RRSPs

Revised RRSP Declaration of Trust 2015

Download the Credit Union RSP Declaration of Trust here.

To meet the requirements of the Income Tax Act, wording about non-qualified investments and prohited investments were added to Clause 1 and Clause 7 of the Declaration of Trust.  Also, the "advantage" wording in Clause 12 was revised to match the current wording of the Income Tax Act.

The following additional changes were made to the Declaration of Trust:

Clause 8 - Retirement Income:  The Trustee's authority and options have been expanded and clarified in situations where the annuitant of the RRSP fails to provide advance notice of his/her retirement income option prior to plan maturity (ie. the end of the year the annuitant reaches age 71).
Clause 10 - Death:  Wording has been clarified.
Clause 17 - Resignation or Removal of Trustee:  The wording has been expanded, and notably, the notice requirement has been reduced to 30 days from 60 days.
Clause 21 - Application for Advice and Direction:  This is a new clause, explicitly giving the Trustee the authority to apply to court for advice and direction where there is a dispute over the entitlement of the Plan funds on death or relationship breakdown.

Further minor amendments were made througout the Declaration of Trust.  For further information, please contact your branch.

RRSPs

Take time to determine your retirement needs and start saving toward that goal. If you are a long way from retirement, make a reasonable estimate - you will have time to make adjustments later.

Regardless of age, RRSP should be a priority. The more you save now, the longer you have for compound interest to work. It's magic!

Want to end up with $1 million? Your best option is to start as young as possible, and contribute as much as you can.

The key to planning for your retirement is to figure out how much money you'll need to support your retirement and then, to determine how much you'll need to put into your RRSP each year to reach this goal. Once your goal is determined, how should you invest your RRSP dollars? Choosing the right investment doesn't have to be complicated. Your answers to a few simple questions can help you to determine what kind of investor you are and to identify the investments that are right for you. Take a look at the different types of RRSPs and your investment options.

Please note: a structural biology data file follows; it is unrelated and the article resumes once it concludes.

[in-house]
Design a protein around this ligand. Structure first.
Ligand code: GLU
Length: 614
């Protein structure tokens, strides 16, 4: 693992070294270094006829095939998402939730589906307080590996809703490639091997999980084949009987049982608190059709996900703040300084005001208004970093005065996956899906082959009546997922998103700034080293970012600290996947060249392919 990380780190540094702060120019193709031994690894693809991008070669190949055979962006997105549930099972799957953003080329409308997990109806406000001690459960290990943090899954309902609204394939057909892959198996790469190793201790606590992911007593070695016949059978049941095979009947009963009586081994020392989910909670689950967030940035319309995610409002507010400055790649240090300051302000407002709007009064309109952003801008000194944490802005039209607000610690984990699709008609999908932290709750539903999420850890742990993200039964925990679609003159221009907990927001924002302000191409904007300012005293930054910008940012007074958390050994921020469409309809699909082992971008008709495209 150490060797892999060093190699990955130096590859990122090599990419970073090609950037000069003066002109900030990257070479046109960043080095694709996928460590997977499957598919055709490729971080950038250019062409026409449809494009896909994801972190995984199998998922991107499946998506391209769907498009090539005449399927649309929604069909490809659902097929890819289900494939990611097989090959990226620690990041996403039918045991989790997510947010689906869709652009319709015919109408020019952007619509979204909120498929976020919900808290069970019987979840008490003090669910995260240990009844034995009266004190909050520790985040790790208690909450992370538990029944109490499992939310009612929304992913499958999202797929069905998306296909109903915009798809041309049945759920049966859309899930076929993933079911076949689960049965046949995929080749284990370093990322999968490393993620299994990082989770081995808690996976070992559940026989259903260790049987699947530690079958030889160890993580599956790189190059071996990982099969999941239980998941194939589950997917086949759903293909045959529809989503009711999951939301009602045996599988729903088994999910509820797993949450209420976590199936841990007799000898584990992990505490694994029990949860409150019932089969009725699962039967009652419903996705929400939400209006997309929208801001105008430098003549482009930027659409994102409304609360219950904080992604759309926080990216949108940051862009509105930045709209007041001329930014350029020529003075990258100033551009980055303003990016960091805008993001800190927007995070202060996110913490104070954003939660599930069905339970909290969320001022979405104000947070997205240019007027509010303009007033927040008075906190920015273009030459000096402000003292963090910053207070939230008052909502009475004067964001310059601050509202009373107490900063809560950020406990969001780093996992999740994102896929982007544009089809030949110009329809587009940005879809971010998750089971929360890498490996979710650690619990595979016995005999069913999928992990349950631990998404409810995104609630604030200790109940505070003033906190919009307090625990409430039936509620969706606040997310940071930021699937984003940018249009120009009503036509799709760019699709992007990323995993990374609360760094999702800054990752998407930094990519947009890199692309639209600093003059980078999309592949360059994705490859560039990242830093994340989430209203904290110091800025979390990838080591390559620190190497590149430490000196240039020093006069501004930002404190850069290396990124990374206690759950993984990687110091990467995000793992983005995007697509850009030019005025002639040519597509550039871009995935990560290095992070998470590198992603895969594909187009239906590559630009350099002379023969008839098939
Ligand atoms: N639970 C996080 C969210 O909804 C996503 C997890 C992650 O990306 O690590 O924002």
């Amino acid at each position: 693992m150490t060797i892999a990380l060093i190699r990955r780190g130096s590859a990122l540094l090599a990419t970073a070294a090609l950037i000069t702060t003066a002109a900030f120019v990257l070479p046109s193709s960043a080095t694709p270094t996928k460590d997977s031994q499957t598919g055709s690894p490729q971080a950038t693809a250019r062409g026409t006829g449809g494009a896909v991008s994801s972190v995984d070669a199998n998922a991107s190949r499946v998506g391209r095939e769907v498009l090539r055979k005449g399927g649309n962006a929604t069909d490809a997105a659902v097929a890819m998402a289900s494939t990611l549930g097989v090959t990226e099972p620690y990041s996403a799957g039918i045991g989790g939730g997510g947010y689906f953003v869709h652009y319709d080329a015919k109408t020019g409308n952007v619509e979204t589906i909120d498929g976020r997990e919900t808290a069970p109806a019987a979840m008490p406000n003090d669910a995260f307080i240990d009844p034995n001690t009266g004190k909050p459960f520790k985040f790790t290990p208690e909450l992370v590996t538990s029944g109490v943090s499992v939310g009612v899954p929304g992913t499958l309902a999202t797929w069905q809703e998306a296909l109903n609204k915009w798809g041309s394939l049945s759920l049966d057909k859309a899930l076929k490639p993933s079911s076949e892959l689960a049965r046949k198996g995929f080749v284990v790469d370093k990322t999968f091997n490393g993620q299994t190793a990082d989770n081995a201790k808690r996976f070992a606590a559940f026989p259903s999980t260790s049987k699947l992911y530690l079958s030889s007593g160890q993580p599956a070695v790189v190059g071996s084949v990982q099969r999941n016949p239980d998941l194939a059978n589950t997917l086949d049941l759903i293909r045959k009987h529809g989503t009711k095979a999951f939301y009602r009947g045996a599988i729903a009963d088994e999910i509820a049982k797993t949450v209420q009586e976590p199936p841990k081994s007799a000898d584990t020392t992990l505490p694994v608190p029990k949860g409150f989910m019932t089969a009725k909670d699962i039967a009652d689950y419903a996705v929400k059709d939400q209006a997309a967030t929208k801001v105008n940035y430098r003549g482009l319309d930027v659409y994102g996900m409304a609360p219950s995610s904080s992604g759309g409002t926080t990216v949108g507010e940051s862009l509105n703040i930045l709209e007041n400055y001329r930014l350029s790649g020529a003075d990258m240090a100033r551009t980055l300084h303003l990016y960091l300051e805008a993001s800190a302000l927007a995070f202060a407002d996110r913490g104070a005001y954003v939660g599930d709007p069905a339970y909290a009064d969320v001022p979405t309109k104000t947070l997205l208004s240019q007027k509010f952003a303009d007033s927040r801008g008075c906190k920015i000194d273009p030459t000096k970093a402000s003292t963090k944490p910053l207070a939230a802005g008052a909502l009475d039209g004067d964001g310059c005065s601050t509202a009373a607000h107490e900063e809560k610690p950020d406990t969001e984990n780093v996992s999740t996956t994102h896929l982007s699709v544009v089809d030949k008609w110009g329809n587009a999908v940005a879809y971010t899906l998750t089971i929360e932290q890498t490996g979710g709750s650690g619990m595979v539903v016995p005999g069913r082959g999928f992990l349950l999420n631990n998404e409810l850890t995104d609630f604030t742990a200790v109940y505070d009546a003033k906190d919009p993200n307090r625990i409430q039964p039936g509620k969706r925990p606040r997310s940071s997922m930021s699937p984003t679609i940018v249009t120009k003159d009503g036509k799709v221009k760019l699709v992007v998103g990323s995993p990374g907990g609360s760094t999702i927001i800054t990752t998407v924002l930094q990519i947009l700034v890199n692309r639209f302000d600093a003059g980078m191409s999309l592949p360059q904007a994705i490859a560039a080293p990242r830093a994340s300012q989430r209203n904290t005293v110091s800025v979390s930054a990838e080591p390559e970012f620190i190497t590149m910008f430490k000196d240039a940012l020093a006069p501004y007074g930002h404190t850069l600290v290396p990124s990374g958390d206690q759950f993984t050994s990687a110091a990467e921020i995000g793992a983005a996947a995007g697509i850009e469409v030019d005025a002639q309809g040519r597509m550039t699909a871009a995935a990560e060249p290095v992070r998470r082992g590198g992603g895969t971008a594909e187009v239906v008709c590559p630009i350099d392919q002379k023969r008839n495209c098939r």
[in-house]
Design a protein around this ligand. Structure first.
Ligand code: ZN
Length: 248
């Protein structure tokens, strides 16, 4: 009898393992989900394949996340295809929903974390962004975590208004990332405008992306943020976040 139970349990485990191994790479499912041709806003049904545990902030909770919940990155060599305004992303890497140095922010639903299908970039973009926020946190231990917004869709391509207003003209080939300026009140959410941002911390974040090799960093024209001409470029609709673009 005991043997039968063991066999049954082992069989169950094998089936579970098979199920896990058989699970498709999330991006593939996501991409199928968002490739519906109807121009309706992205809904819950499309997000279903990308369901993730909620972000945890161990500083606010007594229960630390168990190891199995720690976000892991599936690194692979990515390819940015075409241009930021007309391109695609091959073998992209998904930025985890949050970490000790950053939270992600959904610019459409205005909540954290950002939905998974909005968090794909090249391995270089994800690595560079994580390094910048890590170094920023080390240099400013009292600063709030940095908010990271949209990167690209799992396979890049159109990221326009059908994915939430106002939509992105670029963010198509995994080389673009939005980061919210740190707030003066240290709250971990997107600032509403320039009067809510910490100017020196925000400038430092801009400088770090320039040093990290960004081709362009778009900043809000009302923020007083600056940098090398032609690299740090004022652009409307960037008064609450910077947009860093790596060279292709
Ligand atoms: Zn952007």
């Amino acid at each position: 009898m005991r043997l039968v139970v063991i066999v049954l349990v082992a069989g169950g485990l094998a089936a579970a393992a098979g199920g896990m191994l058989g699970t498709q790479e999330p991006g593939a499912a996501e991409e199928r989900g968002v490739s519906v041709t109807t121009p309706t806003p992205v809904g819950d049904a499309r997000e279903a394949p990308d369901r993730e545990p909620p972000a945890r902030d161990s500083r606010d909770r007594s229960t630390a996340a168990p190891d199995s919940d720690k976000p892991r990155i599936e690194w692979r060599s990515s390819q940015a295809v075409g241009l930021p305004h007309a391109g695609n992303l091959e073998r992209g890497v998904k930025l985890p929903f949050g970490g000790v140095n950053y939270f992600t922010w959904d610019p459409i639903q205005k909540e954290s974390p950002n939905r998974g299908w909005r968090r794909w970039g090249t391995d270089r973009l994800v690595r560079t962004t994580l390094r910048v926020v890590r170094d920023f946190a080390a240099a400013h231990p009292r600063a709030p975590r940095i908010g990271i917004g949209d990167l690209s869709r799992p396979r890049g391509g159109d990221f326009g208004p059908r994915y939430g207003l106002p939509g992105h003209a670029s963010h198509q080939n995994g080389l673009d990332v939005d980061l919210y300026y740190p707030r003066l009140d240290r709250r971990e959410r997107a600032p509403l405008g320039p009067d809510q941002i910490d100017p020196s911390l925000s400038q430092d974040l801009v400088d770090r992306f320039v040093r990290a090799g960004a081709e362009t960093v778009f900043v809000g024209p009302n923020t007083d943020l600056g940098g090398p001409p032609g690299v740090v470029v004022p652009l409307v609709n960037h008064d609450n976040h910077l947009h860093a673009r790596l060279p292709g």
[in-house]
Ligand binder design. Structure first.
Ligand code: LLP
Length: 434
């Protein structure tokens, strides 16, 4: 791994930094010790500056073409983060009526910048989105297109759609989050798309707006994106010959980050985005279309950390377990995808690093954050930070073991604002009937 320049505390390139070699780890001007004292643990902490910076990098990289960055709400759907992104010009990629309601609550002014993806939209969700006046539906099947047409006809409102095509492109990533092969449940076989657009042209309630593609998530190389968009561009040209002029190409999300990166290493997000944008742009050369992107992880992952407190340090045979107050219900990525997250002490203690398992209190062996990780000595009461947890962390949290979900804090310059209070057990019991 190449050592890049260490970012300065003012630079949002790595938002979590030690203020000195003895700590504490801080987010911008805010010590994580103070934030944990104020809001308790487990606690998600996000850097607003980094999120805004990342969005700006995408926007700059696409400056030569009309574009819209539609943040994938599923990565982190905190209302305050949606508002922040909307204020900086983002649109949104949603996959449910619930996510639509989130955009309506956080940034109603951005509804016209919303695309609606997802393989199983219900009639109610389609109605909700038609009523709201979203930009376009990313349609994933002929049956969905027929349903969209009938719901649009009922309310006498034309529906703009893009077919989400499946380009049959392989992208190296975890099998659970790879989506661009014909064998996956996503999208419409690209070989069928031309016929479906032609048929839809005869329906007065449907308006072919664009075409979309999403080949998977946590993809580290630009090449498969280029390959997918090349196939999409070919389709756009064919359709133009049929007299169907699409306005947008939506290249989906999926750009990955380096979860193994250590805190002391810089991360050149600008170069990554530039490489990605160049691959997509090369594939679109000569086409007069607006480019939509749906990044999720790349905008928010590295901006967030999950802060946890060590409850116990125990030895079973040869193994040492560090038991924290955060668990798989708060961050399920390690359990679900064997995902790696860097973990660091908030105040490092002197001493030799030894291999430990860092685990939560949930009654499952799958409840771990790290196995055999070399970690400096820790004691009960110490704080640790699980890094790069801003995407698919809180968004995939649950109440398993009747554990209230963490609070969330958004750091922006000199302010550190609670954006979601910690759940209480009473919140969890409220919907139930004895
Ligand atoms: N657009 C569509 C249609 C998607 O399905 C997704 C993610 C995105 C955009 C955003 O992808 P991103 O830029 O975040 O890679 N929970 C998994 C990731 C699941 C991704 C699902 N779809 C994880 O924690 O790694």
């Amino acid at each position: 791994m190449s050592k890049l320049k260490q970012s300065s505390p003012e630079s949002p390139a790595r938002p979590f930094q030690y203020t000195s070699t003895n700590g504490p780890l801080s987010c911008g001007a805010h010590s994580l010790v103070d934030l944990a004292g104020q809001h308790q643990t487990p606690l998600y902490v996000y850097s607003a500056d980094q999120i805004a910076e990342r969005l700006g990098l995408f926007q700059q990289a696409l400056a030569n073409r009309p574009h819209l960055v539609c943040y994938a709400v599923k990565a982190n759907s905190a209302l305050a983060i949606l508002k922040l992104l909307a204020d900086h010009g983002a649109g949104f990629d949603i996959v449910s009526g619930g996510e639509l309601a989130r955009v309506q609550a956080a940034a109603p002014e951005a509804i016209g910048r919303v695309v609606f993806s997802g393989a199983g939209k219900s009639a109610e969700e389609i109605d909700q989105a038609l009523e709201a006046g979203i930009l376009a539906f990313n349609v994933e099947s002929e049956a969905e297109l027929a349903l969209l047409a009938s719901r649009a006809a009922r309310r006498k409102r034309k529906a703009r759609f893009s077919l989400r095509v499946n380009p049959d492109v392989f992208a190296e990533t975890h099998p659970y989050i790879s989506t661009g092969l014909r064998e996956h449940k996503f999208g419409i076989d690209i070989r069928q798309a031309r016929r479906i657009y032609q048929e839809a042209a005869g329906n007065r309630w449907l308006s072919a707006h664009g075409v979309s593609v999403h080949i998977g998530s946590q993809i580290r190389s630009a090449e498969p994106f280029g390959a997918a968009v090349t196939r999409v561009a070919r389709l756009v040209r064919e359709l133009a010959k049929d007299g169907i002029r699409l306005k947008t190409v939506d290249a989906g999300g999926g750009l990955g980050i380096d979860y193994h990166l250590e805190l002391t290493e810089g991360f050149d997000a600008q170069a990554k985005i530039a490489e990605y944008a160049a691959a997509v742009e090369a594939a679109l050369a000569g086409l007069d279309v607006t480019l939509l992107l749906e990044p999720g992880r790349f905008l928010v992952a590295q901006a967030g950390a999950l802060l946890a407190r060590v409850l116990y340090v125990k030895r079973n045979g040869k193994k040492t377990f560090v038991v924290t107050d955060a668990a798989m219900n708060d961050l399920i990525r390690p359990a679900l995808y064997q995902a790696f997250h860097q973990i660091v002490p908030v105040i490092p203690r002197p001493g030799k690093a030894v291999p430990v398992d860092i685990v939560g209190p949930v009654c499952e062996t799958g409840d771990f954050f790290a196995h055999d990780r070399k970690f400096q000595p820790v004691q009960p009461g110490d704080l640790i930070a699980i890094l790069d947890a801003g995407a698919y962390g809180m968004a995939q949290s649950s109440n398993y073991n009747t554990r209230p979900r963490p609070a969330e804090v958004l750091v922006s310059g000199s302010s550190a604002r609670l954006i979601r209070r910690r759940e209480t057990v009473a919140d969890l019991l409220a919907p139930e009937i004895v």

There are three basic types of investments for you to choose from:

  • Cash and cash equivalents: Include savings accounts, certain term deposits, T-bills, money market and Canada Savings Bonds. These offer the greatest security and liquidity while providing for some income.
  • Fixed-income investments: Include investments in Guaranteed Investment Certificates (GICs), bonds, and some mutual funds such as mortgage and bond funds. These offer some growth potential as well as income.
  • Equity investments: Include stocks and mutual funds. These fluctuate in value but offer the greatest potential for long-term growth.

Determining an appropriate mix of the three classes of investments is the first step toward asset allocation. With so many products to choose from, you may find it helpful to consider the following questions when making your investment decision:

  • What are your financial goals?
  • How long will you be leaving the funds invested?
  • Can you afford to take some risk to potentially increase the return on your investment, or do you need guaranteed returns?

We can take you through a simple series of questions to determine the types of investments that are right for you.


Mutual funds are offered through Credential Asset Management Inc. and mutual funds and other securities are offered through Credential Securities Inc. Commissions, trailing commissions, management fees and expenses all may be associated with mutual fund investments. Please read the prospectus before investing. Unless otherwise stated, mutual fund securities and cash balances are not covered by the Canada Deposit Insurance Corporation or by any other government deposit insurer that insures deposits in credit unions. There can be no assurances that the money market fund will be able to maintain its net asset value per security at a constant amount or that the full amount of your investment in the fund will be returned to you. Mutual funds and other securities are not guaranteed, their values change frequently and past performance may not be repeated. Credential Securities Inc. is a Member of the Canadian Investor Protection Fund.

 

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